ADVFN Logo ADVFN

We could not find any results for:
Make sure your spelling is correct or try broadening your search.

Trending Now

Toplists

It looks like you aren't logged in.
Click the button below to log in and view your recent history.

Hot Features

Registration Strip Icon for discussion Register to chat with like-minded investors on our interactive forums.

DEC Diversified Energy Company Plc

1,115.00
12.00 (1.09%)
23 May 2024 - Closed
Delayed by 15 minutes
Share Name Share Symbol Market Type Share ISIN Share Description
Diversified Energy Company Plc LSE:DEC London Ordinary Share GB00BQHP5P93 ORD 20P
  Price Change % Change Share Price Bid Price Offer Price High Price Low Price Open Price Shares Traded Last Trade
  12.00 1.09% 1,115.00 1,116.00 1,117.00 1,122.00 1,076.00 1,119.00 593,897 16:35:09
Industry Sector Turnover Profit EPS - Basic PE Ratio Market Cap
Crude Petroleum & Natural Gs 868.26M 758.02M 15.7334 0.71 537.68M
Diversified Energy Company Plc is listed in the Crude Petroleum & Natural Gs sector of the London Stock Exchange with ticker DEC. The last closing price for Diversified Energy was 1,103p. Over the last year, Diversified Energy shares have traded in a share price range of 822.50p to 1,963.00p.

Diversified Energy currently has 48,178,835 shares in issue. The market capitalisation of Diversified Energy is £537.68 million. Diversified Energy has a price to earnings ratio (PE ratio) of 0.71.

Diversified Energy Share Discussion Threads

Showing 9201 to 9223 of 10525 messages
Chat Pages: Latest  373  372  371  370  369  368  367  366  365  364  363  362  Older
DateSubjectAuthorDiscuss
15/2/2024
10:02
This has become a great trading share. Last few sessions gone from 895p to 920p frequently.
con90210
15/2/2024
09:54
“the Tender Offer will be 105% of the average market value per Share for the five business days immediately preceding 27 March 2024”

If we assume the like of M&G are the target audience, it’ll be in their interest to attempt to push the share price up for those 5 days.
Obviously a gamble, but any smaller investors who want to sell might be able to achieve a better deal if they take the dividend and attempt to catch the peaks on market during that period.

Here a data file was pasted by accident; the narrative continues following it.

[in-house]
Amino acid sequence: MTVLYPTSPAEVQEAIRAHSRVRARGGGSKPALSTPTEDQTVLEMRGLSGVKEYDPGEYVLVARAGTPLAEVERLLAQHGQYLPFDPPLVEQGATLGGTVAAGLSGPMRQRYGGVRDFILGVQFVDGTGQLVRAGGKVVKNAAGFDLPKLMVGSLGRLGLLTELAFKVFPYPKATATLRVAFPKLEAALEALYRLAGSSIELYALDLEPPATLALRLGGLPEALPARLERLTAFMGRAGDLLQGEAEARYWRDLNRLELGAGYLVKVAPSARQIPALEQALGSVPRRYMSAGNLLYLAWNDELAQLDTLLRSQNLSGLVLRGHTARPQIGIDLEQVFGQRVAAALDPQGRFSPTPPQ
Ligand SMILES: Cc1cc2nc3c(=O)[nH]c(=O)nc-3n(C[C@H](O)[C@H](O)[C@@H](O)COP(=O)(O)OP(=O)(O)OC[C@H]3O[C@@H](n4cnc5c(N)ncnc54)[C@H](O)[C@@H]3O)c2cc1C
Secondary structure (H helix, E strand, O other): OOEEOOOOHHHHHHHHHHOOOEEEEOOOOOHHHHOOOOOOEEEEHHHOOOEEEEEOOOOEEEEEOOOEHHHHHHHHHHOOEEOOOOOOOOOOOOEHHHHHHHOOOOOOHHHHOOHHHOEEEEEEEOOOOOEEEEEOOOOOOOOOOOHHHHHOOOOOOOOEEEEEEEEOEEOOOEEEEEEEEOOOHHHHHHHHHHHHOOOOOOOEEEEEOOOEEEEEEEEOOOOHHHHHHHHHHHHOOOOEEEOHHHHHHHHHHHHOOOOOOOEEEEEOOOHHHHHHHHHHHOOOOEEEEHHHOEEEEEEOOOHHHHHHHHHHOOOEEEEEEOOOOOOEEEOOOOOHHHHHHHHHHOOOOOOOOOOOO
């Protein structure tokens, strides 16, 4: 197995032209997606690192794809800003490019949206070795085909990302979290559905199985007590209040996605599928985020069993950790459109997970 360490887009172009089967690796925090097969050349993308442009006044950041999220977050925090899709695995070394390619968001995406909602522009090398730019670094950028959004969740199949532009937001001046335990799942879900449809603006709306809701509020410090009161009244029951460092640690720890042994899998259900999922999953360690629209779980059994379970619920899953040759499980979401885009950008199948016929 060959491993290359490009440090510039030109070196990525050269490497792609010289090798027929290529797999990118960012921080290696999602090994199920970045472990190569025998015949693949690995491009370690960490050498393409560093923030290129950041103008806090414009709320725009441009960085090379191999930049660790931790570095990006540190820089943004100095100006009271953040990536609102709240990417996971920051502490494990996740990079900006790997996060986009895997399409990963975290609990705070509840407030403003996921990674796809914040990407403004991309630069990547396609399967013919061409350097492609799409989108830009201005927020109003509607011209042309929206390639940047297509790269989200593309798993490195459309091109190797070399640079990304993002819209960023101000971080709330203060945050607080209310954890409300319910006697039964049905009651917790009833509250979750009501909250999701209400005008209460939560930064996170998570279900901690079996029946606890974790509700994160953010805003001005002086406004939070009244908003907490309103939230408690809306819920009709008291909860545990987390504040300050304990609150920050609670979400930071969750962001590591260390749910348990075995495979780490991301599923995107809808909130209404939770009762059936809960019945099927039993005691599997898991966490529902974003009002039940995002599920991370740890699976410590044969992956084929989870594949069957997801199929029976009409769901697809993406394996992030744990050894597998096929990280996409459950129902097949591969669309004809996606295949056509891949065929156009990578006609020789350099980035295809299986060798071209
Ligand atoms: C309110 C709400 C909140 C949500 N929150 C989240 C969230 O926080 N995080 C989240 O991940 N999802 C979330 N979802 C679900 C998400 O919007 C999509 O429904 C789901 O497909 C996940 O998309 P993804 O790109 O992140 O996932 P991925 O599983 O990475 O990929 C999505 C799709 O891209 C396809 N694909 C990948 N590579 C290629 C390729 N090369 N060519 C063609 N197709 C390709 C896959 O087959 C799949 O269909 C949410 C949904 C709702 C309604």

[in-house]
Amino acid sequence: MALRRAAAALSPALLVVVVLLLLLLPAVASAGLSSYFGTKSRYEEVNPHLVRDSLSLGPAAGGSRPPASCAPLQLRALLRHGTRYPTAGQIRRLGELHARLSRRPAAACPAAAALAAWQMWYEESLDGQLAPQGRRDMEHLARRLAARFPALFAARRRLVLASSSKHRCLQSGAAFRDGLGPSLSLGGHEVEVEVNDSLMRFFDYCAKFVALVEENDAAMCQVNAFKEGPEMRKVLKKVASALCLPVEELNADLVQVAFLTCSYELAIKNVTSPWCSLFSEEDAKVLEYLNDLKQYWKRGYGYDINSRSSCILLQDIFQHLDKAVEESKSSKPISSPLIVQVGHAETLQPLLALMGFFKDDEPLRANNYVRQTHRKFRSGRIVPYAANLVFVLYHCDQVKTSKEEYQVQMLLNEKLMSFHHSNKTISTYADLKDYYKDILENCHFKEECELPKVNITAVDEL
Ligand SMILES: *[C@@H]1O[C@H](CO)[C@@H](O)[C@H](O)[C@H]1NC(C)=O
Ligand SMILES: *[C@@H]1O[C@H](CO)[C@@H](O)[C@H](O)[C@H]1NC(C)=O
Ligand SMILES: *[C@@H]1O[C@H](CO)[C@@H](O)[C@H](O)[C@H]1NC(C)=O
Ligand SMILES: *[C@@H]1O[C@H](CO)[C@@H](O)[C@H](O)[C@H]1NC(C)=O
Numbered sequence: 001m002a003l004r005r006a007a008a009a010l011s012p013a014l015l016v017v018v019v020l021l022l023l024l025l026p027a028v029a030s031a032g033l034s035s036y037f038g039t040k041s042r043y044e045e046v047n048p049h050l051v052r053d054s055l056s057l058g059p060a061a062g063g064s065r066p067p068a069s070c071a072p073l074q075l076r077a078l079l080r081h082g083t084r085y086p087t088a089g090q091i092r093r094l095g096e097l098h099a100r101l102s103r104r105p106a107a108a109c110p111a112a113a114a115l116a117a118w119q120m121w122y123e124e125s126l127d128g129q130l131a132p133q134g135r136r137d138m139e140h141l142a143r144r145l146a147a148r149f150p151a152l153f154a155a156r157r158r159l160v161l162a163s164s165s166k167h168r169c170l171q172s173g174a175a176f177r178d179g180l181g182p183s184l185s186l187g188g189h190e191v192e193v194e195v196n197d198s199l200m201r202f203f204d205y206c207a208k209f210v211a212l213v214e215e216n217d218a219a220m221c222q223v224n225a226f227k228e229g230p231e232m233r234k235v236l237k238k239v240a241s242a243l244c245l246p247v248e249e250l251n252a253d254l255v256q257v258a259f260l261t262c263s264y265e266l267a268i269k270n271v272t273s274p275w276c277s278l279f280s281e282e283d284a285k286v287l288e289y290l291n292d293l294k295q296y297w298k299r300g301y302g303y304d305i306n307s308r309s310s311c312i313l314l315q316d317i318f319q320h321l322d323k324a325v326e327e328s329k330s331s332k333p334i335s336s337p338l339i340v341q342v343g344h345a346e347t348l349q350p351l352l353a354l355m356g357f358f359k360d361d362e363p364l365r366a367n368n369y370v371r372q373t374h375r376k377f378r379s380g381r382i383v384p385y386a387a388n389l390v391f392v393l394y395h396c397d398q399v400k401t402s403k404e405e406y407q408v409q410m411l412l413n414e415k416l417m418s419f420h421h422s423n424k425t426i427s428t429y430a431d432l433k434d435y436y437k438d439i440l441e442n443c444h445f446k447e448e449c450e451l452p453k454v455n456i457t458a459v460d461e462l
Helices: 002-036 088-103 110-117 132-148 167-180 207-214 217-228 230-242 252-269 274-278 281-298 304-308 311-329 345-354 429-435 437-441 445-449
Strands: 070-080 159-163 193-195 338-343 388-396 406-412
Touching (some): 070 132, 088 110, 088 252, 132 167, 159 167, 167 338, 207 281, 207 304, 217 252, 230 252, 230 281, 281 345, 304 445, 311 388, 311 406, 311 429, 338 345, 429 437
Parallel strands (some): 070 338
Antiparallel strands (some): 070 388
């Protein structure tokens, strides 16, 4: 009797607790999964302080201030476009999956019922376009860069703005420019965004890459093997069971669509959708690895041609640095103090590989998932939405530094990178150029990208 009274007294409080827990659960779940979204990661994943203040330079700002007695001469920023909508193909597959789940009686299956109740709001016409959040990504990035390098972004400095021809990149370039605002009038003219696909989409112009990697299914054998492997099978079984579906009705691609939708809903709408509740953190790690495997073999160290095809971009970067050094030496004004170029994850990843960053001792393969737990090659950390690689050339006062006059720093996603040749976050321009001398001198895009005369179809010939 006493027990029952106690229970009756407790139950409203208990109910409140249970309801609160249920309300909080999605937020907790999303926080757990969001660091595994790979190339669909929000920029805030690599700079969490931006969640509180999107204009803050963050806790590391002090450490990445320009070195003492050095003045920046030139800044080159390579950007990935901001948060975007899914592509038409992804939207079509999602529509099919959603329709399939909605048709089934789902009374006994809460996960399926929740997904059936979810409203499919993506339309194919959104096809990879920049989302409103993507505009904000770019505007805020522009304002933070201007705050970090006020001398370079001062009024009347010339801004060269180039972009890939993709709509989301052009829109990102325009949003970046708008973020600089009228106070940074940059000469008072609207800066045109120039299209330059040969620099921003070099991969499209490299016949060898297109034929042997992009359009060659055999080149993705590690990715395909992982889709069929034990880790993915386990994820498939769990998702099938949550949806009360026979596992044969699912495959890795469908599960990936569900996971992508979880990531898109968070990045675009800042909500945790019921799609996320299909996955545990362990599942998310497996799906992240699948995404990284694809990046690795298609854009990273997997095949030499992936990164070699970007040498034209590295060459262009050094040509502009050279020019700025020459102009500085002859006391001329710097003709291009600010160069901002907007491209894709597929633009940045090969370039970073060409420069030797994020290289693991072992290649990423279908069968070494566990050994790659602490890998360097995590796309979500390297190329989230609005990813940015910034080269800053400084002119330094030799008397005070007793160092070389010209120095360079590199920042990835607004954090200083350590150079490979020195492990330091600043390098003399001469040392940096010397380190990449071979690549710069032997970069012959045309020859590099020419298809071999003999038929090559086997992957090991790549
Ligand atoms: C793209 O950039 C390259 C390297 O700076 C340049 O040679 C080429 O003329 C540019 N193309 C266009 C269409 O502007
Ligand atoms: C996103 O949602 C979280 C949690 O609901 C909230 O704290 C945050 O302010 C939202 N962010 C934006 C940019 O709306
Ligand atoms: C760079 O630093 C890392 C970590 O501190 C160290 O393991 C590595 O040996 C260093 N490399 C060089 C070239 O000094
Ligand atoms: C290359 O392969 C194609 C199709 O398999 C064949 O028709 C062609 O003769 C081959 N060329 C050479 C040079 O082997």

fordtin
15/2/2024
09:38
The Oak Bloke is onto this one very quickly! Another link for the header.



So if the price is higher at the time of the tender it's probably worth it for all, if about the same maybe not worth the bother for PIs but a good option for the likes of M&G.

bountyhunter
15/2/2024
09:34
#1091 and #1092

Correct me if I'm wrong, but I suspect some are reading unnecessary complication into this tender offer.

The amount allocated to this by the company ($42m) is the same, regardless of how many take up the tender offer and in what proportion of their shares. They do not have to find 'extra' depending on how many take it up.

The big advantage for the company is that this is using an existing dividend cash allocation to buyback shares and thus save on having to pay any future dividends on those shares. Yes it's mainly aimed at institutional investors and could be significantly advantageous to the company if enough of them take up the offer.

bluemango
15/2/2024
09:31
I think it is targeted at the likes of M&G - oakbloke sums it up perfectly.
nigelpm
15/2/2024
09:29
Presumably the people who loaned shares for the purpose of shortselling will be excluded from participating in the tender offer unless they recall the loaned shares before the cut-off date.

“ all Qualifying Shareholders who wish to participate in the Tender Offer should ensure that their interest in the Shares is capable of being settled in CREST at 6.00 p.m. (London time) on 1 March 2024.”

fordtin
15/2/2024
09:23
My interpretation is that the last four posts are all broadly in agreement. I probably won't go for it as it's not worth the hassle (unless the price rockets before I have to decide!) but an ii who has been offloading in the market for their own internal reasons like M&G might, and so the offloading for them would cease and DEC would reduce the shares in circulation as a consequence of the tender.
bountyhunter
15/2/2024
09:22
I would have thought DEC have plenty of the cash allocated to buybacks left over to finance this tender, as shares repurchased so far (at a far lower price than planned) has been quite low.
tag57
15/2/2024
09:22
Yes, previously committed capital.

PS: Have you worked out the well capping liabilities yet? You'd be stupid to take Rusty's word at face value.

louis brandeis
15/2/2024
09:19